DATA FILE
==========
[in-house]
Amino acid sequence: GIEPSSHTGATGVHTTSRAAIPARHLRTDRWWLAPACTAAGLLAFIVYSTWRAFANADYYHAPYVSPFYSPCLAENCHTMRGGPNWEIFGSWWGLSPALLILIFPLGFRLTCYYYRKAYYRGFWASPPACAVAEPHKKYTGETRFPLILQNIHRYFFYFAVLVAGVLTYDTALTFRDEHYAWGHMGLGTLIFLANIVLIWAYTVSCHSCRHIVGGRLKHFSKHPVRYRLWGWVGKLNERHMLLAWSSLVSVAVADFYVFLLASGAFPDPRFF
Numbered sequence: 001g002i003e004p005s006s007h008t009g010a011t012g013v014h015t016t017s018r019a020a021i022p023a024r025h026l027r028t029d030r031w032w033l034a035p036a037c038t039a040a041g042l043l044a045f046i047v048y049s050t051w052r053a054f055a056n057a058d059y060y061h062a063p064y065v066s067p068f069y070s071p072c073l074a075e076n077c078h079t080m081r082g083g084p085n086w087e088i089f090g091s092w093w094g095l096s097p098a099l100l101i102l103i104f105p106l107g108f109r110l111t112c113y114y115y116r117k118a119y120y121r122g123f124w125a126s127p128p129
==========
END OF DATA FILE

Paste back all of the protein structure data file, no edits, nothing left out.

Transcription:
[in-house]
Amino acid sequence: GIEPSSHTGATGVHTTSRAAIPARHLRTDRWWLAPACTAAGLLAFIVYSTWRAFANADYYHAPYVSPFYSPCLAENCHTMRGGPNWEIFGSWWGLSPALLILIFPLGFRLTCYYYRKAYYRGFWASPPACAVAEPHKKYTGETRFPLILQNIHRYFFYFAVLVAGVLTYDTALTFRDEHYAWGHMGLGTLIFLANIVLIWAYTVSCHSCRHIVGGRLKHFSKHPVRYRLWGWVGKLNERHMLLAWSSLVSVAVADFYVFLLASGAFPDPRFF
Numbered sequence: 001g002i003e004p005s006s007h008t009g010a011t012g013v014h015t016t017s018r019a020a021i022p023a024r025h026l027r028t029d030r031w032w033l034a035p036a037c038t039a040a041g042l043l044a045f046i047v048y049s050t051w052r053a054f055a056n057a058d059y060y061h062a063p064y065v066s067p068f069y070s071p072c073l074a075e076n077c078h079t080m081r082g083g084p085n086w087e088i089f090g091s092w093w094g095l096s097p098a099l100l101i102l103i104f105p106l107g108f109r110l111t112c113y114y115y116r117k118a119y120y121r122g123f124w125a126s127p128p129